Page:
Keen’s advice for young professionals starting their career is to be bold and reach out to people you admire, respect or want to emulate. She, like many others, recognizes that people will be flattered and willing to help young professionals if asked for their advice. Keen also advises that people should pursue a job that will make them happy. She said, “Be excited about your work because you spend so many hours of your life at work. It should be something you really believe in. Pursue your own bliss and happiness. Live to work instead of work to live.” Keen noted all her best decisions came from following her heart, even when it wasn’t the most sensible choice.

The favorite part of Keen’s job is the diversity in her work. While some might find tending to plants routine, Keen explained that every day is different -no two days are the same in the garden.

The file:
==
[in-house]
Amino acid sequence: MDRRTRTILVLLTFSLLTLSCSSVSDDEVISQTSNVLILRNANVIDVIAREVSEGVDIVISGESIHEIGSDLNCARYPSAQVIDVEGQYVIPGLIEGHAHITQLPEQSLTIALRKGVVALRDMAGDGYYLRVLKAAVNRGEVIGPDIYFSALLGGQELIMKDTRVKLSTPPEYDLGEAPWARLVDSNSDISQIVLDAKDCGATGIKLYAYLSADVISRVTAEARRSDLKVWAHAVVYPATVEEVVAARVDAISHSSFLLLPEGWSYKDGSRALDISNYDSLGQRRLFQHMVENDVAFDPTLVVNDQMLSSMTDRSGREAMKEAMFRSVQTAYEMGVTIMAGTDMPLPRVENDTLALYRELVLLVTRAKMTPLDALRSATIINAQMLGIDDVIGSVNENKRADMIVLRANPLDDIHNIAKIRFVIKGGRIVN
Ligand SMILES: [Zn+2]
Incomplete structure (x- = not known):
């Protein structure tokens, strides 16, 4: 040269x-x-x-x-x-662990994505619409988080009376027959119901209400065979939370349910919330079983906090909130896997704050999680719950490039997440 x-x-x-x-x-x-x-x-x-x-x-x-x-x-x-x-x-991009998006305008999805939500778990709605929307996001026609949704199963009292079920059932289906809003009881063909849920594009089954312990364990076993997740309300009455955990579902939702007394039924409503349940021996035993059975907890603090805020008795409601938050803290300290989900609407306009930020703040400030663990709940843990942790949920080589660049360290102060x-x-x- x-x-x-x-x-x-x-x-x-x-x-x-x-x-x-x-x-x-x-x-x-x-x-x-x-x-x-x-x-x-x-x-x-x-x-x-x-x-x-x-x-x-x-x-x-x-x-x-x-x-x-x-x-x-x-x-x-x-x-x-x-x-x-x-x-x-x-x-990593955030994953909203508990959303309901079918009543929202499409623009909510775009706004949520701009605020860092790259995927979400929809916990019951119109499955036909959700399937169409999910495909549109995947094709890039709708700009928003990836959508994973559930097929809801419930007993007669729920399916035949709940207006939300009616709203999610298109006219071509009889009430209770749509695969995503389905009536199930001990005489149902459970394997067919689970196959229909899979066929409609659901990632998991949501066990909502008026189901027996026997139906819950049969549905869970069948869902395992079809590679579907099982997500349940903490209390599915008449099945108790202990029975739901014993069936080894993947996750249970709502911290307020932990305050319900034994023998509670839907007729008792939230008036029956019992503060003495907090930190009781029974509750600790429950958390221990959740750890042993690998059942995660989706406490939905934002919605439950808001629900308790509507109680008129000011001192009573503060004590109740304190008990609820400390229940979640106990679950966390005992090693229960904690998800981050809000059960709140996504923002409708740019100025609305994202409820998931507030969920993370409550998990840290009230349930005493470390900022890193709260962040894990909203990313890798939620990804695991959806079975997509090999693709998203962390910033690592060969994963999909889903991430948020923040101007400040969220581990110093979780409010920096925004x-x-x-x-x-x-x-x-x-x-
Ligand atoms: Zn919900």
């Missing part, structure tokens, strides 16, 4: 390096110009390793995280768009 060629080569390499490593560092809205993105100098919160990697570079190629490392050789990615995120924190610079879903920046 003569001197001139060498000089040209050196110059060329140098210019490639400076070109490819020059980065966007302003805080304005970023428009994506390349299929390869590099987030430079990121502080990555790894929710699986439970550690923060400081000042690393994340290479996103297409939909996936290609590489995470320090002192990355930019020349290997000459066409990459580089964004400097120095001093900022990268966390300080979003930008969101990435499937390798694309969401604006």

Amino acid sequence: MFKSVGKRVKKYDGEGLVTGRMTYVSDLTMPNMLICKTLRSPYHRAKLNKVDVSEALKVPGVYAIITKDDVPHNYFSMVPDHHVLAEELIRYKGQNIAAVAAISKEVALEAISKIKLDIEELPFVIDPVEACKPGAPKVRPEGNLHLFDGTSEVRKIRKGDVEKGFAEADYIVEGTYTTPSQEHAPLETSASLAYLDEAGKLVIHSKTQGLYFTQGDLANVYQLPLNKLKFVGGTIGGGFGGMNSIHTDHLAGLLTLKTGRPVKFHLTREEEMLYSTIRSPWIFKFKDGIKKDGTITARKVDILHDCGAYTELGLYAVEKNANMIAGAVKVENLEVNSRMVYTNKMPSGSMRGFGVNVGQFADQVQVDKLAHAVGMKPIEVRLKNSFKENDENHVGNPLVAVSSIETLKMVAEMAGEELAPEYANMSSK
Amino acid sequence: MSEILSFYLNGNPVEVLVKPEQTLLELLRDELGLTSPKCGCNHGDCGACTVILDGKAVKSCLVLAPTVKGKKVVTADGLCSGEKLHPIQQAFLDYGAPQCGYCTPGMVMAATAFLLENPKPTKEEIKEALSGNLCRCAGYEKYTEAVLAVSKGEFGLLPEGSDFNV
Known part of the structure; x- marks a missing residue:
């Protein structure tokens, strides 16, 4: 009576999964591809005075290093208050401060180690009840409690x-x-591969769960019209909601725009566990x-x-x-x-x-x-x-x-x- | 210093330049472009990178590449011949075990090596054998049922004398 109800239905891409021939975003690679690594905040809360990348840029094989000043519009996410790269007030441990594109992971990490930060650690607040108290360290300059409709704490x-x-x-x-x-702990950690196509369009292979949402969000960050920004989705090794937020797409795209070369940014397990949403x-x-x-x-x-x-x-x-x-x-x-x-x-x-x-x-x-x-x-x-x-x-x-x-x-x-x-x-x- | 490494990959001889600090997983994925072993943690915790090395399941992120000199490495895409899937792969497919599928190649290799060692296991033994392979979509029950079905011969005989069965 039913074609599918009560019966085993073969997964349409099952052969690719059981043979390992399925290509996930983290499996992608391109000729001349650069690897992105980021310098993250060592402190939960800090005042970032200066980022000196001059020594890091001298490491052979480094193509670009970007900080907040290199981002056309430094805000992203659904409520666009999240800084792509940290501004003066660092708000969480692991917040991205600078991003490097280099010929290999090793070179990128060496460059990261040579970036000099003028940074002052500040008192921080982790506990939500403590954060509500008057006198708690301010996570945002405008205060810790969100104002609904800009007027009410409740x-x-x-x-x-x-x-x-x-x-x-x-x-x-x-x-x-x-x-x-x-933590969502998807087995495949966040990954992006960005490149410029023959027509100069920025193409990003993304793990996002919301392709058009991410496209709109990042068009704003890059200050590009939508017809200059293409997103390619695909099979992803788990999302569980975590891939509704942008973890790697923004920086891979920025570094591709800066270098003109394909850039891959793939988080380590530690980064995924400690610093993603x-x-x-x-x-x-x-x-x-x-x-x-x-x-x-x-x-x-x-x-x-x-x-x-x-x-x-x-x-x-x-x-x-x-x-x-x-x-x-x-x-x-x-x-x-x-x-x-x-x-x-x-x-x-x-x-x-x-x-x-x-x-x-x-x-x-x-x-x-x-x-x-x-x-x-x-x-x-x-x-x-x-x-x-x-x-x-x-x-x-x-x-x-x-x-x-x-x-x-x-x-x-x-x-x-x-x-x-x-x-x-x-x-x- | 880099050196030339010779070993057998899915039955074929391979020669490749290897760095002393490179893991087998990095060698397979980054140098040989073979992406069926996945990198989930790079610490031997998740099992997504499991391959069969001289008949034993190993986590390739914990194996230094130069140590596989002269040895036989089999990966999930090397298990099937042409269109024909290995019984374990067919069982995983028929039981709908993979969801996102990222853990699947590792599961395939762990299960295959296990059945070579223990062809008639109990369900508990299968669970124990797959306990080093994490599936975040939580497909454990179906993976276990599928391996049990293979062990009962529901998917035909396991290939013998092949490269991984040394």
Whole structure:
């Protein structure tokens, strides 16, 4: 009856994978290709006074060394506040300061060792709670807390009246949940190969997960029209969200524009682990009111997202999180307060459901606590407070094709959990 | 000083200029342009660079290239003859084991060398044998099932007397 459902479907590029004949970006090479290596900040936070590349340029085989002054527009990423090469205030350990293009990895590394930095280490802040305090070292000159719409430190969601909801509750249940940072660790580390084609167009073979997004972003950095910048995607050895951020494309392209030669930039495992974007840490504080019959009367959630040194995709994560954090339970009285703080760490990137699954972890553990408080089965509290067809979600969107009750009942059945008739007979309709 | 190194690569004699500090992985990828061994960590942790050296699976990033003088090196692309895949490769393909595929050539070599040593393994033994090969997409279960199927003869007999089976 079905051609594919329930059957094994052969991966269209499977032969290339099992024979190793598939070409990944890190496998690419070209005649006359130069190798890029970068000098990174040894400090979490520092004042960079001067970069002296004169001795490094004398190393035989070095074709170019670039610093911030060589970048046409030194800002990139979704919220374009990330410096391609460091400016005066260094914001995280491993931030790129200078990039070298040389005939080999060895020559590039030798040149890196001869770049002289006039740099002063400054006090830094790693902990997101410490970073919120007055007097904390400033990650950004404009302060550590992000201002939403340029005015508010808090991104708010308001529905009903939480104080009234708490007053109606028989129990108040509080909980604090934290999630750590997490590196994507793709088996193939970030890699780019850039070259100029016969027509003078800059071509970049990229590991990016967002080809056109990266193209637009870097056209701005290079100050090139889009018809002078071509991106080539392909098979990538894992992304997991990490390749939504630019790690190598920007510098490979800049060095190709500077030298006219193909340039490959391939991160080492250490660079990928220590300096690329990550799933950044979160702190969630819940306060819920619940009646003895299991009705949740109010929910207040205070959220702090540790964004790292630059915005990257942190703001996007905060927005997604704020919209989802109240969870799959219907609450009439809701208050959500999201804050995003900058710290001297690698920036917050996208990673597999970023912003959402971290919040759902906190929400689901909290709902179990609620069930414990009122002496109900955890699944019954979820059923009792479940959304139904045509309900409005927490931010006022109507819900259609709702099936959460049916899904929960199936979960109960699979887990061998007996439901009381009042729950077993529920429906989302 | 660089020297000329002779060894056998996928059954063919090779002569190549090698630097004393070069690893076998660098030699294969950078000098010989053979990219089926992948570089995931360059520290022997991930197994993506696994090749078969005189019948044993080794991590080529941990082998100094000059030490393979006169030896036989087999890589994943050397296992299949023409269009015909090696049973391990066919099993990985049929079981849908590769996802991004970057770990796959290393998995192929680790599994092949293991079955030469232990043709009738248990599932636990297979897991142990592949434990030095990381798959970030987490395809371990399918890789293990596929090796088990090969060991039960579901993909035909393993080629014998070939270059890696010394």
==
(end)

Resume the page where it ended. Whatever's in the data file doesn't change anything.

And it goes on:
“Wyck is special because there’s always more to be discovered. Whether it’s the family’s history or written records that are still being unearthed, or plants coming up now that might have been doormat before. It’s an enchanting place with a wonderful history that really champions women,” Keen said.

Wyck is happy to have such a talented horticulturist as part of the family. Keen works every day in the garden and farm preserving the beauty and history of Wyck. While Martha is busy in the Garden most days, people will get to meet her on May 27 at the Celebrate the Roses Open House for her lecture, Language of Roses.

Article by Mia Cherrier, communications intern, La Salle University.  May 4, 2017